Rabbi Krakowski On Parshas Vayakhel


krakowskiBy Rabbi Y. Dov Krakowski

This week’s Sedra is by and large a repetition of Parshas Truma. The main difference between the two Sedras is that whereas Parshas Terumah was Hashem’s instructing Moshe to tell Klal-Yisroel of the construction, and likewise the God-given Instructions as to the building of the Mishkan and its Keilim, this week’s Sedra starts briefly with Moshe Rabeinu’s instructing Klal-Yisroel and then goes in great detail about how Betzalel (and Ahaliav etc.) actually built the Mishkan.

While this is the main thrust and idea of the Parsha, there is a contrast drawn at the beginning of the Parsha between the six days of work and Shabbos Kodesh. This is done pertaining to the Mishkan as Moshe Rabeinu is instructed to work towards building the Mishkan for six days and to stop on Shabbos for it is to be a Holy day.

The most obvious question on this Parsha is: why does the Torah spend so much time reiterating exactly how the Mishkan was built? – wouldn’t it suffice just to tell us that Betzalel built the Mishkan exactly as instructed by Hashem without any deviations? Furthermore if the Torah did for some reason feel it necessary to say how Betzalel built the Mishkan in all its detail – why did the Torah have to go through these details earlier in Truma? Could we not have learned them from here?
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Another question is: Why is it that the Torah chose to teach us the thirty nine Melachos ( the 39 categories of work forbidden on Shabbos) from the construction of the Mishkan?

The Meiri in his introduction to Meseches Midos (the tractate that deals with the measurements of the First and Second Temples) asks the following question: if the Mikdash of the First and Second Temples(Bayis Rishon and Sheini) is never to be rebuilt [the Third Bayis has its own dimensions as prescribed by the Navi] why is it that Chazal felt it necessary to dedicate an entire tractate to it? The Meiri answers that every part of the Mishkan had an intrinsic Kedusha to it that was supposed to infuse us as well with some sort of Kedusha – that every part of the Mikdash was meant to channel some type of Kedusha into the world. Since in our day and age we have no Mikdash to channel these elements of Kedusha to our world, we must at least have a tractate that tells us about them and explains to us their structure and make up, so that through our learning and even reading we should somehow be influenced by their intrinsic Kedushos.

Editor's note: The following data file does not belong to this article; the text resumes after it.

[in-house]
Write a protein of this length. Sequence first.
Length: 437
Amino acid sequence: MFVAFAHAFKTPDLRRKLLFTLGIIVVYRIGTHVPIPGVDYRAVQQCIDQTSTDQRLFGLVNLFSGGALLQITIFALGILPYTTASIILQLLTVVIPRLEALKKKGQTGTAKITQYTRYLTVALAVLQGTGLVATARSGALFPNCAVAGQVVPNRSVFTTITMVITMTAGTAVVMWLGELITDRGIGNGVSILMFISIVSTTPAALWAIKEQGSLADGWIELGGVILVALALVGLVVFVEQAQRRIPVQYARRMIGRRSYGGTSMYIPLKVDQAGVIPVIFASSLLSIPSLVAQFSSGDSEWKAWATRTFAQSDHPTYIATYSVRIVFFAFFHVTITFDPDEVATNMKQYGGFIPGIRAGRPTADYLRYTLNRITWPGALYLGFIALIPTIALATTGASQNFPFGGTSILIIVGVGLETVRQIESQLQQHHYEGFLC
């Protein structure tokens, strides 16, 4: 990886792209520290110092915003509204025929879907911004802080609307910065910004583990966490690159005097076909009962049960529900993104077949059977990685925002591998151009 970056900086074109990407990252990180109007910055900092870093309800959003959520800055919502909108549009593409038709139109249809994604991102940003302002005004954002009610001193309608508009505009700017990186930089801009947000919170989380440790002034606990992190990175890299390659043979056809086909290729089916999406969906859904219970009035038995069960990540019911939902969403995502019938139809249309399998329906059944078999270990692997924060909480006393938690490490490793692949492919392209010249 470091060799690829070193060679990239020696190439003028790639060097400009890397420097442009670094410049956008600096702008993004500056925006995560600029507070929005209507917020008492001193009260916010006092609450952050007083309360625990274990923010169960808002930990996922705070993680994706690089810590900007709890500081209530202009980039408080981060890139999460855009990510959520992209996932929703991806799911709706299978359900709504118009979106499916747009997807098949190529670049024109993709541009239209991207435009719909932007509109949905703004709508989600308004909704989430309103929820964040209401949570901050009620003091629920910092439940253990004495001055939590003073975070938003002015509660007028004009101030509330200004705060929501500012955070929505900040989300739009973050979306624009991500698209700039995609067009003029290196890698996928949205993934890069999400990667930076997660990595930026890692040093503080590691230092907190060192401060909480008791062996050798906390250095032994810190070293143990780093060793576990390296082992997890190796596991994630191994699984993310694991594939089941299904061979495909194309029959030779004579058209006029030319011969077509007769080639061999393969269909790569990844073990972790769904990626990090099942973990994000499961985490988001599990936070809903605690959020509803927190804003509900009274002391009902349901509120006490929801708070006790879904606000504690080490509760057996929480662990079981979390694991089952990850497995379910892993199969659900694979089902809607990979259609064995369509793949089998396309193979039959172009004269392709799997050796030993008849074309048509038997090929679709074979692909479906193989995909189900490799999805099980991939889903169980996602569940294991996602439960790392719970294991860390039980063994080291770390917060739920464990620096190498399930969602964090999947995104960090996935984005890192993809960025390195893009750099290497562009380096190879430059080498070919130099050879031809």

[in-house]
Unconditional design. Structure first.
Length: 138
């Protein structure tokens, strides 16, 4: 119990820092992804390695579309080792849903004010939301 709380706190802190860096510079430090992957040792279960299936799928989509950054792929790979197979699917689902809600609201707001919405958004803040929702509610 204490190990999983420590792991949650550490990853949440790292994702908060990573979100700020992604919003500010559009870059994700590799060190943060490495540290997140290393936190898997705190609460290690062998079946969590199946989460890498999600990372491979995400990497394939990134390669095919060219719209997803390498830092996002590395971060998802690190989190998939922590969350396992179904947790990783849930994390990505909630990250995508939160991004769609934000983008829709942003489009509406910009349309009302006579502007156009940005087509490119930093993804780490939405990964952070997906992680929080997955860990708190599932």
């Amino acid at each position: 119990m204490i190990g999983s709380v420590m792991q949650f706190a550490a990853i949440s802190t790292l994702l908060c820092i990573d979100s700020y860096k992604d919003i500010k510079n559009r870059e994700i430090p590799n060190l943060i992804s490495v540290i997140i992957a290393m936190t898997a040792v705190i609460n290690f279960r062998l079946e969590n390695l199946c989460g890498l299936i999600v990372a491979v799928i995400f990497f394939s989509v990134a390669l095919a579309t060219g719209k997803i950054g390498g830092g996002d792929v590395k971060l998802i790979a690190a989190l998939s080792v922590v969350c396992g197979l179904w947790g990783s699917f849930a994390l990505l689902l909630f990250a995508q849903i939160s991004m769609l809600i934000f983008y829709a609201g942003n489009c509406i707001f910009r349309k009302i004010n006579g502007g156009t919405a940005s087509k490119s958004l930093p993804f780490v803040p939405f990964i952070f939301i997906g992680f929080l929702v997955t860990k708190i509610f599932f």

From the Meiri’s approach it follows that the actual act of constructing the Mishkan /Mikdash and its furnishings was actually an act of creating Kedusha in the world. When Betzalel built the Mishkan and its Keilim he was actually funneling Kedusha into the world. Therefore when the Torah accounts for the actual construction of the Mishkan it is truly something worth saying in great detail. Had the Torah not repeated these details, we might perhaps not have realized the importance the Torah is attaching to them.

The Torah therefore chose the building of the Mishkan to teach us what is considered a Melacha and what not. The Torah wishes to impart to us the potential that we have to create Kedusha with our every mundane act if we so choose.

A very warm Good Shabbos, Rabbi Y. Dov Krakowski.

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